Johnson & Johnson’s $6.5 billion takeover of Momenta Pharmaceuticals came out of the blue last month. Yet, behind the scenes, the companies had been circling each other for more than 18 months, culminating in a drawn out due diligence process that drove Momenta to issue J&J an ultimatum.
The story of J&J’s acquisition of Momenta starts with a meeting between the companies at the J.P. Morgan Healthcare Conference in January 2019. Having expressed an interest in Momenta’s assets, J&J stayed in touch with the biotech and entered into a confidentiality agreement to facilitate talks in April. Two other companies entered into similar agreements later in 2019.
Discussions continued into 2020, when J&J floated the possibility of putting a proposal to Momenta ahead of the delivery of data from a phase 2 trial of the asset at the center of the talks, nipocalimab. J&J missed that deadline but moved quickly after seeing the top-line data, submitting a nonbinding buyout offer of $50 a share a week after Momenta publicly disclosed the results.
The data sent Momenta’s share price up 26% to close to $40 over the week leading up to J&J’s offer. Under normal circumstances, a biotech may issue stock to capitalize on the price rise and secure cash for the next stage of development, but with J&J in pursuit Momenta opted against such an offering. At the start of July, Momenta granted J&J access to a virtual data room to support its due diligence.
In the days either side of that event, Momenta learned that neither of the other two companies with which it formed confidentiality agreements in 2019 were willing to make a bid. Fearing it may jeopardize the J&J deal, Momenta opted against a broad outreach effort. Momenta chose to limit its outreach to just two companies in light of “the risk of leaks” and the speed at which J&J said it would be willing to proceed.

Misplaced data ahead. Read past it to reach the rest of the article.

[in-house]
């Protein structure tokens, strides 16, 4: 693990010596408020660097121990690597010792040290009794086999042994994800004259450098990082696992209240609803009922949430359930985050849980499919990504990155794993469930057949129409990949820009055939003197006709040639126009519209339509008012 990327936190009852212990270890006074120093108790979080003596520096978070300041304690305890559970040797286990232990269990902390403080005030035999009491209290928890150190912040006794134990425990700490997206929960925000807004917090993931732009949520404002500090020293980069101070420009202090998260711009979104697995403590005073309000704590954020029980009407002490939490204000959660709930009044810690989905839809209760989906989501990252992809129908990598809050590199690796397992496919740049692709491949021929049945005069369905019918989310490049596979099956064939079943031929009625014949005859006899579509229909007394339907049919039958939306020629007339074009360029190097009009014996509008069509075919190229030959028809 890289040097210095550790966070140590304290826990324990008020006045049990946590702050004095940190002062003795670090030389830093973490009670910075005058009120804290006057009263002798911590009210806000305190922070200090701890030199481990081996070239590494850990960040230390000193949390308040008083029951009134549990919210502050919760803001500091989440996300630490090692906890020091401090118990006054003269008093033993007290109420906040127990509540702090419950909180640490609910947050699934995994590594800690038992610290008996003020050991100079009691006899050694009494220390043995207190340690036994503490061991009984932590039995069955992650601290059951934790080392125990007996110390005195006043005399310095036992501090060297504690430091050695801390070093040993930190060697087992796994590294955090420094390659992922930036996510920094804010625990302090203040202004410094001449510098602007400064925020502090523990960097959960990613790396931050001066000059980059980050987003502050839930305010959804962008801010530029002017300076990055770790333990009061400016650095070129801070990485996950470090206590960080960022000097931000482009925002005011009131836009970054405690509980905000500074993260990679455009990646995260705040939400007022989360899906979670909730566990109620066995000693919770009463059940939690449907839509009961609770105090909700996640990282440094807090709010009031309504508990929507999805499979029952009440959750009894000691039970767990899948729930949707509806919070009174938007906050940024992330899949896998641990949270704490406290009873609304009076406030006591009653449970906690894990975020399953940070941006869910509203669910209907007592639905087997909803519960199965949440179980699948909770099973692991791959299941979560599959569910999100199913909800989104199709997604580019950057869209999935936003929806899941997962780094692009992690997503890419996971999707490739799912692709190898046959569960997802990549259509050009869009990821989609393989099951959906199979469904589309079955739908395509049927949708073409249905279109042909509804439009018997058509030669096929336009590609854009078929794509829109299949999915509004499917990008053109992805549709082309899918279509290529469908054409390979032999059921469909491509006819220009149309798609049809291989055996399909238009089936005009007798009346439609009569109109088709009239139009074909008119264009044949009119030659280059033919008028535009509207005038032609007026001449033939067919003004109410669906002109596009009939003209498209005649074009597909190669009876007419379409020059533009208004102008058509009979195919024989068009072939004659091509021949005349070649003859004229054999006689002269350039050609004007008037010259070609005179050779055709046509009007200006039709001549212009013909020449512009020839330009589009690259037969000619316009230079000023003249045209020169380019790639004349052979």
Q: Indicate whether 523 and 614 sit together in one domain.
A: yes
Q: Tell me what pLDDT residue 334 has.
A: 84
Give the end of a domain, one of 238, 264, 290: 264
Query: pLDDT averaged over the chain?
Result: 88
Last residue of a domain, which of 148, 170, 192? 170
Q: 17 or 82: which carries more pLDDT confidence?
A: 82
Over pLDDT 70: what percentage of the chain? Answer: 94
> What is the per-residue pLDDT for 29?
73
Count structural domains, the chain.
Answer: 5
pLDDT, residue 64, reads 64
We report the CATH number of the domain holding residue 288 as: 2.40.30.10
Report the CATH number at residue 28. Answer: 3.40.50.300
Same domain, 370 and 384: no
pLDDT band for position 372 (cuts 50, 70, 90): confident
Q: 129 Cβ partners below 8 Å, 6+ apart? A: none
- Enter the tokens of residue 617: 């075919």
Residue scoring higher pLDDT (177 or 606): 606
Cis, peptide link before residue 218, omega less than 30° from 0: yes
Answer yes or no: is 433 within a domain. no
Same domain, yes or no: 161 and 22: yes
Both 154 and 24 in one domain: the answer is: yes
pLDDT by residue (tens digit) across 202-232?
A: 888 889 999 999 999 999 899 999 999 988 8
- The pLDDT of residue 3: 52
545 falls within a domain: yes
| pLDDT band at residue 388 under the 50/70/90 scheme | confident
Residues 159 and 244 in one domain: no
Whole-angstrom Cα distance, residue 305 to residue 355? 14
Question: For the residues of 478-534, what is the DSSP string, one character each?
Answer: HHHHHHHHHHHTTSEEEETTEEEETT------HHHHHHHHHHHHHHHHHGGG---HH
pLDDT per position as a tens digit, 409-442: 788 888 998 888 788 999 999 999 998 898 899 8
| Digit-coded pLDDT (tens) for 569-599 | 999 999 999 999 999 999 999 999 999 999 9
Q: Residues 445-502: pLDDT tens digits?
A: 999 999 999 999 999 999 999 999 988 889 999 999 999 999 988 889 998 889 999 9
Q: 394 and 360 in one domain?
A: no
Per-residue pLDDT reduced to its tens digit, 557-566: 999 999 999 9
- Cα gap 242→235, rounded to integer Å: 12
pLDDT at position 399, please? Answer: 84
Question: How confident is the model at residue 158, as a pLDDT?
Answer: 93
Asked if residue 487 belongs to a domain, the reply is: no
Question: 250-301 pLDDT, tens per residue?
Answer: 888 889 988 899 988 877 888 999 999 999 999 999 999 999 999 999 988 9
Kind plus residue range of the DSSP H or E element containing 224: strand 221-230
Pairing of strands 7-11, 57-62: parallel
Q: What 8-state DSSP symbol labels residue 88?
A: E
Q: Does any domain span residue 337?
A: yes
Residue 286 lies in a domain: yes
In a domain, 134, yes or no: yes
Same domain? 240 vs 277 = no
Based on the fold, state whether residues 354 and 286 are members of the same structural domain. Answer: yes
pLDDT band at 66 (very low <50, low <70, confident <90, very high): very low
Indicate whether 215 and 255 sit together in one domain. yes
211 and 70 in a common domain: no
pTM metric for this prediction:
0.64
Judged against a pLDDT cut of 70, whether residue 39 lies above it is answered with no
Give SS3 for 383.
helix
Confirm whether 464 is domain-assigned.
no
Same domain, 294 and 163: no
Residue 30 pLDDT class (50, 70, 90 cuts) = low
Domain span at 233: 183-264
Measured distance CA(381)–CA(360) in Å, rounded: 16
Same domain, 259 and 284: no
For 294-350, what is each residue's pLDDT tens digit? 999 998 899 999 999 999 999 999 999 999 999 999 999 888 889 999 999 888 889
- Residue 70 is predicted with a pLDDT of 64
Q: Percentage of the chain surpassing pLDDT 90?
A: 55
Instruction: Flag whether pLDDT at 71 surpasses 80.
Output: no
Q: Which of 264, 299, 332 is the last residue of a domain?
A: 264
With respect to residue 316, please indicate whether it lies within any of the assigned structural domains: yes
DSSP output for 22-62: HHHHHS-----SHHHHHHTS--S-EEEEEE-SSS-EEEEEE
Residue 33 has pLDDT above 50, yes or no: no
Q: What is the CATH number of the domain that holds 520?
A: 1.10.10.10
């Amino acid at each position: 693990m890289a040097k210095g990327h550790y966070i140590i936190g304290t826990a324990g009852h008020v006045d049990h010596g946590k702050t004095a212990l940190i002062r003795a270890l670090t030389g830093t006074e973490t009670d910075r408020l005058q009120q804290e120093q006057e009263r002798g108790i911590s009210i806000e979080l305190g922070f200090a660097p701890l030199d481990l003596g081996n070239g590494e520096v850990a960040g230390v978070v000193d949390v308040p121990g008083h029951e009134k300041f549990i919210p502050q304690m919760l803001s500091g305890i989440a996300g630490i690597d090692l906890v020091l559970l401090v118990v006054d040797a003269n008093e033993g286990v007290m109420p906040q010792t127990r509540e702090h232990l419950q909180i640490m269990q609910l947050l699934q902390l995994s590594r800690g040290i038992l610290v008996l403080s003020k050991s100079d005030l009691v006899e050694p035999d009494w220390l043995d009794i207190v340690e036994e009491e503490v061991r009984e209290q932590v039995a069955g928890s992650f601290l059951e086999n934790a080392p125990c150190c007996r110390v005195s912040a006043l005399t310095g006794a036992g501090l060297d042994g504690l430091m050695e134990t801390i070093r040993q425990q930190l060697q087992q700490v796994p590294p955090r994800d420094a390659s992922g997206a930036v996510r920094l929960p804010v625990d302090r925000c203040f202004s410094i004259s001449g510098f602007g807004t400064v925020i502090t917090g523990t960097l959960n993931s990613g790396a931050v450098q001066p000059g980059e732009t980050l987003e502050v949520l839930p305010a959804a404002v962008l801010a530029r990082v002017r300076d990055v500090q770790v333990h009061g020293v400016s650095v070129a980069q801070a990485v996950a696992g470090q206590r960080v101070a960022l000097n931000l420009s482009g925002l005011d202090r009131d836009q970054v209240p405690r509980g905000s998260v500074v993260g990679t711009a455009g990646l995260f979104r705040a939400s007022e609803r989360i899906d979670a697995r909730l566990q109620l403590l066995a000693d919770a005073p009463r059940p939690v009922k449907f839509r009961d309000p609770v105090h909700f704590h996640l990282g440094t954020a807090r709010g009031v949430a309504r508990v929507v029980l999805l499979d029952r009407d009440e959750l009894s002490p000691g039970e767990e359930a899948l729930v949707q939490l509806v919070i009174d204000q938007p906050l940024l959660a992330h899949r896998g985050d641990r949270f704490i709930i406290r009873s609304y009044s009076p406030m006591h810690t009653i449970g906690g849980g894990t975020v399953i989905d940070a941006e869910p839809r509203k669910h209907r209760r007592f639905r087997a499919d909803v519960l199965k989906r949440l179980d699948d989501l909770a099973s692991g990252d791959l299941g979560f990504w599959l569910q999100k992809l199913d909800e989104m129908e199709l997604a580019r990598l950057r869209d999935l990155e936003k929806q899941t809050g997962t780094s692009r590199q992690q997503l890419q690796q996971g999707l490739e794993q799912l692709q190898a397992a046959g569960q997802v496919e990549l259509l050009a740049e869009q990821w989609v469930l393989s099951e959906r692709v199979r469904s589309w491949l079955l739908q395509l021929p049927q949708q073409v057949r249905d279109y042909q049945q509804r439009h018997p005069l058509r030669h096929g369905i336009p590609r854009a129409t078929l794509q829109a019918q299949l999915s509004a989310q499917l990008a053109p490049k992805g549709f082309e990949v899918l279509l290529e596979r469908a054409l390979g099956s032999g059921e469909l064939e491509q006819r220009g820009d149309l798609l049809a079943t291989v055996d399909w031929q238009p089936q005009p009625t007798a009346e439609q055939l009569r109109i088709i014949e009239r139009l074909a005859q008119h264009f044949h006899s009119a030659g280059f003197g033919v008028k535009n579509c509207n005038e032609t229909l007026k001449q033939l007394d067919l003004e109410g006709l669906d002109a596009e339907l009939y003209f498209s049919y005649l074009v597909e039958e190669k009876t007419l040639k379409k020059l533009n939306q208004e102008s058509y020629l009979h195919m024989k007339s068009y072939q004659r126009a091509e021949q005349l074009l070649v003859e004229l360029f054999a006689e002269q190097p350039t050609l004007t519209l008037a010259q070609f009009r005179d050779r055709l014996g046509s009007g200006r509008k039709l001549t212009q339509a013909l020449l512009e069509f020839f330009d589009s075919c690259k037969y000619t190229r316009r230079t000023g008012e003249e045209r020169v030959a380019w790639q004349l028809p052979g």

J&J ultimately moved rather slower than expected. By Aug. 4, Momenta’s transaction committee was telling management to get J&J to file a revised offer “as promptly as possible.” The next day, Momenta CEO Craig Wheeler gave J&J an ultimatum: Submit a revised offer within three days or we switch our focus to financing. By then, Momenta’s stock price had fallen well below the high it hit in the aftermath of the phase 2 data.
On Aug. 8, the last day covered by Wheeler’s ultimatum, J&J offered $52 a share. Negotiations later that day bumped the price up to $52.50. Having agreed that figure, Wheeler, who wanted to get the deal done quickly, asked to talk to J&J CEO Alex Gorsky to learn if the transaction had the support of him and his team. Six days later, Gorsky called Wheeler.
J&J’s board of directors was unable to meet to review the transaction for another four days after the call between Gorsky and Wheeler. Having received the board’s support and finalized certain details, J&J disclosed the deal on August 19, 49 days after it gained access to the data room.
Sanofi disclosed its $3.7 billion takeover of Principia Biopharma 12 days after being granted access to a virtual data room. Fifty-one days passed between Gilead gaining initial access to Forty Seven’s data room and publicly disclosing its $4.9 billion takeover deal. However, in that case the initial data room lacked documents Gilead needed to make a decision. After gaining access to the second data room, Gilead took just four days to seal the deal.